The Way is written and directed by Emilio Estevez and stars his father, Martin Sheen. I was able to hear both men speak at the screening I attended and their words of sincerity and genuine passion for this project continue to resonate with me even as I write. The Way possesses many core parts that will appeal to audiences in a multitude of different ways. It is part road trip story, part father-son drama, and, most importantly, it is about the singular spiritual journey we all walk alone.
Martin Sheen portrays Tom, an ophthalmologist from California who is estranged from his only son, Daniel (Emilio Estevez). Daniel is a wanderer, his appetite for discovery is never fully satisfied, and therefore he spends most of his life abroad, periodically checking in with Tom, but never leaving a contact number. Tragedy strikes when Daniel is caught in a storm hiking in the Pyrenees mountains in France. Tom makes the trip to collect his son’s remains, and learns of Daniel’s intentions to walk the Camino de Santiago pilgrimage. In tribute to his son, Tom decides to stay in France and finish the 800-mile journey his son started.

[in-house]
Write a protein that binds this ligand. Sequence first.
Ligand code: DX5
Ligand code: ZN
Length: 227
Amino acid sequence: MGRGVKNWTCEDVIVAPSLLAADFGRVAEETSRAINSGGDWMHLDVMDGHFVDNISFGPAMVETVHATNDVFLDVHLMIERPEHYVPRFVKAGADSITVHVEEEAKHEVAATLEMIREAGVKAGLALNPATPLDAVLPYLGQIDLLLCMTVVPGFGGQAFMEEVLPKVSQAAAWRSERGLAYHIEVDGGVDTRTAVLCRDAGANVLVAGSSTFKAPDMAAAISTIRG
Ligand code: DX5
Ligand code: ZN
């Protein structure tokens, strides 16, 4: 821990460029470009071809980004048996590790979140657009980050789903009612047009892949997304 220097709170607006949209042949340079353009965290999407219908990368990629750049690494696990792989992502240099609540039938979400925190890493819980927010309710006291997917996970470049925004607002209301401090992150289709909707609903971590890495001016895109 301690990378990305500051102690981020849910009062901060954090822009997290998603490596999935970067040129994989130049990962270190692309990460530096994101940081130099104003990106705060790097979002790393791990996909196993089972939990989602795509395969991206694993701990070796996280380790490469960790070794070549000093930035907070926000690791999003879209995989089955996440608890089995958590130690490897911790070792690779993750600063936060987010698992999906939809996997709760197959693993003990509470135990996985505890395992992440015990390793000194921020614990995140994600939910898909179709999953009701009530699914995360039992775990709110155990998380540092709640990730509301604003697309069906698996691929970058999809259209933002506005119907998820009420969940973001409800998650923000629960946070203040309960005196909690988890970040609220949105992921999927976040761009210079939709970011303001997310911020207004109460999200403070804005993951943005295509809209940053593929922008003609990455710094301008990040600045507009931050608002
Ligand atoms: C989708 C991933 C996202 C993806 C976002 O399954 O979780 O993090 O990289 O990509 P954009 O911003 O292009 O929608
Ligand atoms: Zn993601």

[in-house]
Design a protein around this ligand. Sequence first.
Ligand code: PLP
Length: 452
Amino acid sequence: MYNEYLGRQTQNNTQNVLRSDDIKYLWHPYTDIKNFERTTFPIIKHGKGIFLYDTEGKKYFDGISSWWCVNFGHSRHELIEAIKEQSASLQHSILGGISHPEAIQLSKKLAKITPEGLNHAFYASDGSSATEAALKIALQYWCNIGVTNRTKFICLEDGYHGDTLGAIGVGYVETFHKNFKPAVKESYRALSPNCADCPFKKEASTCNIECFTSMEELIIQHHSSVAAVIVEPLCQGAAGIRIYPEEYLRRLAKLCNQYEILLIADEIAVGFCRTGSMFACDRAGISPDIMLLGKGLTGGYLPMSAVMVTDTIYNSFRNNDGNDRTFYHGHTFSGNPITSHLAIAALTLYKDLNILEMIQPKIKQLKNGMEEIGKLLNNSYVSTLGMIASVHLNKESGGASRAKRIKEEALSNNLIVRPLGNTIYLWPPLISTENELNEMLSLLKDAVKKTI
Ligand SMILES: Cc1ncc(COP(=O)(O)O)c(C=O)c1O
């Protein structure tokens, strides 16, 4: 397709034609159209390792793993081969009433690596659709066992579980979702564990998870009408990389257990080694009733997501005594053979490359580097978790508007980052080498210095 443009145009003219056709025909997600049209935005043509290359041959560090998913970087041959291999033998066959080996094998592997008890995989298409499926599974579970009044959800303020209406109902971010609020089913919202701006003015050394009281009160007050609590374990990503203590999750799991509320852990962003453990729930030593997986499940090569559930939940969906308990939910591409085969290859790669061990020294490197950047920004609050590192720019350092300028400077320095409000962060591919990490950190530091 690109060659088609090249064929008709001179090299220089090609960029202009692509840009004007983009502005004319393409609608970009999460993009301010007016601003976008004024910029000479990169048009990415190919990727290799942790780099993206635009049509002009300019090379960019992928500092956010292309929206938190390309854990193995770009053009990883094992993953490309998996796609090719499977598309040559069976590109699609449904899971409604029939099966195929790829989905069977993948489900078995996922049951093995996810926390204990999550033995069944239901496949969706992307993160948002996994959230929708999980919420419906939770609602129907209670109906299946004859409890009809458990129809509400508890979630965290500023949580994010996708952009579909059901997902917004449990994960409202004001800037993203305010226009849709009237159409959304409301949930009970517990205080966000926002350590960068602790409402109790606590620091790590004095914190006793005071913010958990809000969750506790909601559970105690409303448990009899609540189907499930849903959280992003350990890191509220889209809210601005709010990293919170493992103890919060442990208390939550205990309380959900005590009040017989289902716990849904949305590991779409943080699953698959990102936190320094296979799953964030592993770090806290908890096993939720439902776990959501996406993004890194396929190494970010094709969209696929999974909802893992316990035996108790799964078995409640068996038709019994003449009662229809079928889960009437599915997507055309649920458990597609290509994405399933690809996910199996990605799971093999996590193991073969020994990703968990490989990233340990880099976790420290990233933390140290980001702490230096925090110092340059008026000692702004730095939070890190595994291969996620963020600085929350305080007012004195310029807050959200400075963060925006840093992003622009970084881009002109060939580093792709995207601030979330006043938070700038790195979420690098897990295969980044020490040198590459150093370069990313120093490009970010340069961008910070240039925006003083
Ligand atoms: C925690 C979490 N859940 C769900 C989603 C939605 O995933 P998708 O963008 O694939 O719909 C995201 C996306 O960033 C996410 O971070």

At first, Tom views the pilgrimage as a point A to point B excursion, something to be finished as soon as possible so he can attempt to move on without his son. Despite his desires for solitude along the way, Tom meets a jovial Dutchman named Joost (played by the very comical Yorick van Wageningen), Sarah, an emotionally weathered and worn Canadian (Deborah Kara Unger), and Jack (James Nesbitt), an Irishman suffering from writer’s block. Little by little, Tom begins to open to his fellow pilgrims, and together they help each other fulfill their personal quests.
Estevez handles his film with the dexterity of a man who is himself on a personal pilgrimage. The sentiment is strong, but never hamfisted. There is a quiet dignity that underlays every action depicted, as well as a profound respect for whatever incarnation a character’s personal journey embodies, religious or otherwise. For a film that doesn’t delve very deep in philosophies, I was impressed with Estevez’s ability to incorporate a variety of characters that spanned the spiritual continuum. At times, The Way may be a little too deliberate in its intentions as a feel-good motivational film, but then again, Estevez makes no qualms or apologies about this fact. And it’s his earnestness and care as a filmmaker that the audience will remember.
Martin Sheen gives a strong performance, arguably one of his best, as Tom. Sheen’s relationship with Estevez is what makes this film what it is; a gift from father to son, son to father. The supporting cast is also a joy to watch, and the performances along with the breathtaking scenery of the historical Camino are enough to give this film a chance. The Way is by no means a groundbreaking film, but what it lacks in progressive filmmaking it more than makes up for in a story that is both contemplating and heartwarming.
The Way opens today in Philly-area theaters.